After a serious auto accident, it can be difficult to know where to turn for help. Knowing what to do — and perhaps more importantly, what not to do — after a car accident can help to ensure that your rights are protected and that you receive the full measure of compensation available for your claim.
At Orin J. Cohen Law, I represent victims who have been injured in auto accidents on Staten Island, in Brooklyn or in other parts of New York City. I work hard to ensure that my clients have the information they need to secure the best possible outcome in every case. Below is a brief summary of the things you should and should not do if you have been injured in a car accident.
Seek medical attention: If you have been injured, always put your own well-being first.
Exchange information with the other people involved in the accident: Especially in the event of a multicar crash, you can never be sure who actually caused the accident. Get as much information as you can.
Take photos of the accident scene: If you are able, take pictures of the collision and the surrounding area, including traffic signs, skid marks and anything else you feel might be relevant.
Cooperate with police: Provide an honest account of how the accident happened and answer their questions to the best of your ability.
Call your insurance company: Give them the best account you can of the accident while it is still fresh in your mind.
Get a copy of the police report: The police report often provides good insight into what the negligent party says about the cause of the accident and the accounts of other witnesses.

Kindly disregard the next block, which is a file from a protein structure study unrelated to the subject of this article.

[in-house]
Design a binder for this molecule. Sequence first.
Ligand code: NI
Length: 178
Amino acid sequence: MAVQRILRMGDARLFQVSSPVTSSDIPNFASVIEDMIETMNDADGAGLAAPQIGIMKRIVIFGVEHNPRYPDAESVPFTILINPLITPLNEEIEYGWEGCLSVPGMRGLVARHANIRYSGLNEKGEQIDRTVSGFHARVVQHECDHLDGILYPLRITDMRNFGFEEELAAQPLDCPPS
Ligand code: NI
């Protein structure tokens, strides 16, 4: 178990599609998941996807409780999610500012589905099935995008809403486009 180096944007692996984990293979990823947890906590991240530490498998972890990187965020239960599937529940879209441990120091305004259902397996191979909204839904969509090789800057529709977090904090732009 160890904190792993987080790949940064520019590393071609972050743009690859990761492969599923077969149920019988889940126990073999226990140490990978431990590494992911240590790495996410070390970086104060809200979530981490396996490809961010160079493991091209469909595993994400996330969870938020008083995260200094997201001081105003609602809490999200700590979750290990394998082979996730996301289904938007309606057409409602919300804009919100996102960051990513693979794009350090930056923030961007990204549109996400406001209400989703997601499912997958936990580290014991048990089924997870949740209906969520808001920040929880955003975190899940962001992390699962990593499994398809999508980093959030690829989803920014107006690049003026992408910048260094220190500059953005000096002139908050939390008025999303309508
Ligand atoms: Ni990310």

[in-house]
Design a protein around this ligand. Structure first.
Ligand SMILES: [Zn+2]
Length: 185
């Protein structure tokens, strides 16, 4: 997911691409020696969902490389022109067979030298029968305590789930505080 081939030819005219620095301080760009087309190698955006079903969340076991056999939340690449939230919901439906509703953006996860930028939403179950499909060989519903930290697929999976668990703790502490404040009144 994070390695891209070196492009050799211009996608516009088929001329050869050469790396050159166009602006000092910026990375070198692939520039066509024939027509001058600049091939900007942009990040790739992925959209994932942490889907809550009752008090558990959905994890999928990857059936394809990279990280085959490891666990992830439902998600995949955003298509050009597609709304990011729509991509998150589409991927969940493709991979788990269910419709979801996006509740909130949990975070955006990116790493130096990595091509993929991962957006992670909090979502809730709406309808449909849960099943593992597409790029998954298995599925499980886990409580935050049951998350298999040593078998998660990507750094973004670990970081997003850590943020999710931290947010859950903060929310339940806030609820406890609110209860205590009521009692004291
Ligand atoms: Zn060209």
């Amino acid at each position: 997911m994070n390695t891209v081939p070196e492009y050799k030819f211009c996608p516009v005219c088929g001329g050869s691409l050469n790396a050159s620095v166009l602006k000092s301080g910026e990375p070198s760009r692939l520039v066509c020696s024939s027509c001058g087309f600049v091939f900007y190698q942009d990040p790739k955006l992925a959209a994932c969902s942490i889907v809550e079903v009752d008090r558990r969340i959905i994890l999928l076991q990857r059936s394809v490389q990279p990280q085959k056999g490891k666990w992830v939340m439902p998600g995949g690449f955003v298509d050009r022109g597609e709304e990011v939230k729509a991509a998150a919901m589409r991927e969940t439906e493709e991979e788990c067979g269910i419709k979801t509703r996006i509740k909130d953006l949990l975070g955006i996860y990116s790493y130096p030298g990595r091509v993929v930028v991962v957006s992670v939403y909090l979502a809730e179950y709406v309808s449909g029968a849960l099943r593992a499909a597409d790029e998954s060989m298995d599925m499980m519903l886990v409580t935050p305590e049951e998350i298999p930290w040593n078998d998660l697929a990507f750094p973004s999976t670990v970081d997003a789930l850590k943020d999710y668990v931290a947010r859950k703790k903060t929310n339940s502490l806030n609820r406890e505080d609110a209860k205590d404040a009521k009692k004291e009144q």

Get the contact information of witnesses at the scene: Some witnesses may have helpful information or photos that did not make it into the police report. It may be beneficial to speak with some of these people later in the process.
Hire an attorney: By hiring an attorney at the beginning of your case, you send a message that your claim should be taken seriously and that you will not settle for the insurance company’s first offer.
Say anything that could compromise your claim: Say as little as possible until the police get there. Don’t say anything that could be interpreted as an apology. If someone asks if you are OK, do not say you are “fine.” It may come back to haunt you.
Talk to anyone from the insurance company without first talking to a lawyer: Insurance company representatives are very good at twisting innocent remarks into an admission of liability. They are trained to get specific answers designed to hurt your claim.
Sign anything without having your attorney review it:Insurance company representatives may ask you to sign an “incident report” at the scene. Remember, these people are not your friends. Be leery about anything they ask you to sign.
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